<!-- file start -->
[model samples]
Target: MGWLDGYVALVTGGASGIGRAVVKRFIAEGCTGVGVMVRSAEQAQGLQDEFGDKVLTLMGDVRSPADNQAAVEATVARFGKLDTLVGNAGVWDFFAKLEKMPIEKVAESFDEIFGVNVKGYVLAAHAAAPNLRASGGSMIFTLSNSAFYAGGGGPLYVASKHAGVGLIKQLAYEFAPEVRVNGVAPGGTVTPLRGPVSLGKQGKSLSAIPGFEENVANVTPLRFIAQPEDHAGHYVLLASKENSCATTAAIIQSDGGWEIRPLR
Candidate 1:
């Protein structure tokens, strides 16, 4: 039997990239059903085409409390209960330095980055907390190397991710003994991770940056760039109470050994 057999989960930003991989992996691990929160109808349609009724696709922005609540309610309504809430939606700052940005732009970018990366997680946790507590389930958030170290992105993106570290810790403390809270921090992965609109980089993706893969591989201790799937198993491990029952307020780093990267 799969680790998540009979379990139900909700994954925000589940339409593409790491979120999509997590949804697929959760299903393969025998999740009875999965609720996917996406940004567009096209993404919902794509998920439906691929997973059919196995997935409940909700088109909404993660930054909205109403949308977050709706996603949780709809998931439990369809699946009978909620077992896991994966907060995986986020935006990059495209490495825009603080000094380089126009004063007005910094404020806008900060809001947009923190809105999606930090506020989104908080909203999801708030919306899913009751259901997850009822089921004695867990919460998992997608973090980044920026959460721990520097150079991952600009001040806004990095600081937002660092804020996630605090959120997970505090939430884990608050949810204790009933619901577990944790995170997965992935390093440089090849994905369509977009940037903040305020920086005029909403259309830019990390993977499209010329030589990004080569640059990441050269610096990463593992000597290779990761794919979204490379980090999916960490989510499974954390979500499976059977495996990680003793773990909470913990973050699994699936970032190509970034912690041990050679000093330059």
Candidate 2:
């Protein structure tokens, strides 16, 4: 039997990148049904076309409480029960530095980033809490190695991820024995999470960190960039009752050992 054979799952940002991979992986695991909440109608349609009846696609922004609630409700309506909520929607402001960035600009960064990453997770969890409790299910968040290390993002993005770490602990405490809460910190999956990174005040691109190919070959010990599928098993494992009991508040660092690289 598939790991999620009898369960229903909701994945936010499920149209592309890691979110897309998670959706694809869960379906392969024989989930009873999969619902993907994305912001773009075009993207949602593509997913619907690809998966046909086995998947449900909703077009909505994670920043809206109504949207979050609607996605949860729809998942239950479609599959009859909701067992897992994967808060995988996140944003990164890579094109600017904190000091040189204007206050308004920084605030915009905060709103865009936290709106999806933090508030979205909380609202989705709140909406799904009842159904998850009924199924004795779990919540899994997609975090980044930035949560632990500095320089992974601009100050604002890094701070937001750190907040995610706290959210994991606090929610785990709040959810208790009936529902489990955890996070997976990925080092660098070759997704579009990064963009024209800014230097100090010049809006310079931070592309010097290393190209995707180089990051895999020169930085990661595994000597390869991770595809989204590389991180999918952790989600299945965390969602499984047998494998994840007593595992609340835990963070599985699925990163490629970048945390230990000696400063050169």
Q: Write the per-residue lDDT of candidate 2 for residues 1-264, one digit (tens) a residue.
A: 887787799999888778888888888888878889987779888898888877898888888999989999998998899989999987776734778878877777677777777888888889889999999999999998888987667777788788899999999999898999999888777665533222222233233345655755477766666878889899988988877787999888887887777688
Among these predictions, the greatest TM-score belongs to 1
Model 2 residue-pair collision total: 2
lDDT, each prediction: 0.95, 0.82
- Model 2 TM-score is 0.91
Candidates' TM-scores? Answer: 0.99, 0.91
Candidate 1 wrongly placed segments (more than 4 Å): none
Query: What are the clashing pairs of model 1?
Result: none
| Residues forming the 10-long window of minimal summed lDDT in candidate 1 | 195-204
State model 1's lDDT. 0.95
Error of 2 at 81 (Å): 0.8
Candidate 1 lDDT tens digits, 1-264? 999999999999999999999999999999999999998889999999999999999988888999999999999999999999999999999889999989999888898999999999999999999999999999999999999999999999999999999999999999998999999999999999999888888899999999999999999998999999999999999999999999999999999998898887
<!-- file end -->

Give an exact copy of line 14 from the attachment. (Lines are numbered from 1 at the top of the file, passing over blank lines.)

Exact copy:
Candidate 1 wrongly placed segments (more than 4 Å): none